The stock market is where investors, both individual and institutional, trade a wide range of securities such as stocks, bonds, ETFs, commodities and derivatives with one another. The sheer number of trades across all of these segments and asset classes alone is mind-boggling. In fact, in the equity market alone, more than 100 crores of shares of various companies are traded in a single day.
Such a rich environment needs strong rules and regulations to ensure that trading happens in a controlled and orderly manner. It also needs a capable enforcer of these rules and regulations. Here’s where the SEBI comes into the picture. It is the market watchdog that’s responsible for overseeing the Indian securities market and ensuring that all the rules and regulations laid out are followed by all the market participants.
Wish to know more? Continue reading to find out all about this organisation and the different roles and functions of SEBI.
SEBI is an acronym for the Securities and Exchange Board of India. Headquartered in Mumbai in the Bandra Kurla Complex, it is a statutory and independent body established by the Ministry of Finance in the year 1992. The organisation is tasked with the responsibility of regulating the Indian securities market.
In addition to the head office in Mumbai, the SEBI also has other regional offices in the Northern, Southern, Eastern and Western regions of the country in New Delhi, Chennai, Kolkata and Ahmedabad respectively.
The Securities and Exchange Board of India controls more than 20 different departments. The organisation consists of 2 members from the Ministry of Finance, a member from the Reserve Bank of India and 5 other members nominated by the Government of India.
Now that you’re aware of what the full form of SEBI is, let’s take a look at a few reasons why SEBI was formed.
As the popularity of the Indian stock market started to rise in the early 1990s, there was a need for a strong, capable and independent regulatory body to keep a check on the number of unfair practices and to protect investors from such malpractices.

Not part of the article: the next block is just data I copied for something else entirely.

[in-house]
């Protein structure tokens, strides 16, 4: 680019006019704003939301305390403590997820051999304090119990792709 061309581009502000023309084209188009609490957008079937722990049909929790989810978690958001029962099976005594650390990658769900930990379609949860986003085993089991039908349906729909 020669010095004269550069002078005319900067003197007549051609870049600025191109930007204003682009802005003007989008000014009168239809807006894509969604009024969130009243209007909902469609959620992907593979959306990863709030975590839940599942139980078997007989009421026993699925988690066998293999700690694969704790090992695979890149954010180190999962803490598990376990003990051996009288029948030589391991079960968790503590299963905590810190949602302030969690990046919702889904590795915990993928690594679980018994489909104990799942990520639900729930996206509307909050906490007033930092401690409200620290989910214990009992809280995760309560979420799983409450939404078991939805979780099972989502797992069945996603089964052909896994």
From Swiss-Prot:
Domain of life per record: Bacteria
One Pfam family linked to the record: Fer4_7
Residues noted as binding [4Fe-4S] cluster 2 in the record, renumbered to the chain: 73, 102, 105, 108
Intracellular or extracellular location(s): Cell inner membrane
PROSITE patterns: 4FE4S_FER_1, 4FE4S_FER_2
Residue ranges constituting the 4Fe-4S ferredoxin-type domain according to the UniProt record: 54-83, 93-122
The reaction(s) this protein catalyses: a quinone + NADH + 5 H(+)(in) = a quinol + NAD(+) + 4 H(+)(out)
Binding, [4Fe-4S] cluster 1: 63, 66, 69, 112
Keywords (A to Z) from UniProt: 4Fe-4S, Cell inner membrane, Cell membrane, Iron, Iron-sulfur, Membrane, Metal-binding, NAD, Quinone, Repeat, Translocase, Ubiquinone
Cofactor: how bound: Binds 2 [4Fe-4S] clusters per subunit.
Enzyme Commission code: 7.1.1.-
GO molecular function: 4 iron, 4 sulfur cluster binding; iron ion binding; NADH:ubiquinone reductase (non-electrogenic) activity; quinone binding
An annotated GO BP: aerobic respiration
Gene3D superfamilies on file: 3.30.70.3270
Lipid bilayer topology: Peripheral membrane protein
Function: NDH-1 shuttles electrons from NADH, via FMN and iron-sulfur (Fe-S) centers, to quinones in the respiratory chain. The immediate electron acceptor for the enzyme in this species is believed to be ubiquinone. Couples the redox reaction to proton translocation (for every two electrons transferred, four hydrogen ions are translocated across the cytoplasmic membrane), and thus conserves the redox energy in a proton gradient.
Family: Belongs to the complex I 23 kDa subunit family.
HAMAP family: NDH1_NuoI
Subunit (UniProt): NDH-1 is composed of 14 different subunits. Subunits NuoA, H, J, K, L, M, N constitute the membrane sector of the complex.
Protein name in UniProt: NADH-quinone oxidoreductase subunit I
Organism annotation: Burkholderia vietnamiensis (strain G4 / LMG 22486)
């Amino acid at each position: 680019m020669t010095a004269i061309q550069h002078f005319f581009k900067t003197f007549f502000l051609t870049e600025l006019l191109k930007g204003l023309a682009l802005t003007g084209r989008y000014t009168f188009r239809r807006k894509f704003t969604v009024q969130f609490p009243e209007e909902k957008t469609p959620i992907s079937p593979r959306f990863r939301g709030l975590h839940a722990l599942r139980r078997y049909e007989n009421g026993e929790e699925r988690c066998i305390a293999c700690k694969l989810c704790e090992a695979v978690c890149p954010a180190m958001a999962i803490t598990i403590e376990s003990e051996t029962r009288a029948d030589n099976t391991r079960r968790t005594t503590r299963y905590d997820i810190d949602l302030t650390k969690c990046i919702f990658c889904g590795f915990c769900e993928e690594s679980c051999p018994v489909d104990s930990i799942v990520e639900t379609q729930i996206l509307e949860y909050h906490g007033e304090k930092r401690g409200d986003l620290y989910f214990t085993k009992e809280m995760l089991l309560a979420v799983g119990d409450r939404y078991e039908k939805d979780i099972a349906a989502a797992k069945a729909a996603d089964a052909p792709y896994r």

The Securities and Exchange Board of India was formed to cater to the requirements of the following three primary market participants - issuers, intermediaries and investors. Here’s a quick overview of the objectives of the regulatory authority.
The Securities and Exchange Board of India is tasked with a plethora of responsibilities and functions. Let’s take a quick overview of a few of them.
The Securities and Exchange Board of India plays a huge role in the development of the Indian securities market. Without its contribution, the country’s securities market could not have grown into the behemoth that it is today. Some of the activities that the SEBI partakes in pursuit of the development of the securities market are as follows.
One of the primary functions of SEBI is the drafting of rules, regulations, guidelines and legislations concerning the various aspects of the Indian stock market. All the market participants are expected to follow the laid out rules diligently. In the case of any contravention of legal provisions, the SEBI is empowered to act swiftly and reprimand the entities.
In addition to legislation, the Securities and Exchange Board of India also plays a major regulatory role. Some of the activities that it partakes in the guise of regulation are as follows.
As you’ve already seen before, the most important of the various functions of SEBI is to protect the investors and other market participants. As part of its role as the protector, the entity does the following.
With this, you must now be aware of what SEBI is, its importance and its roles and responsibilities. Managing one of the largest stock markets in the world is far from an easy job. However, despite the challenging nature, the Securities and Exchange Board of India has managed to consistently provide the market participants with a fair, unbiased and free market environment.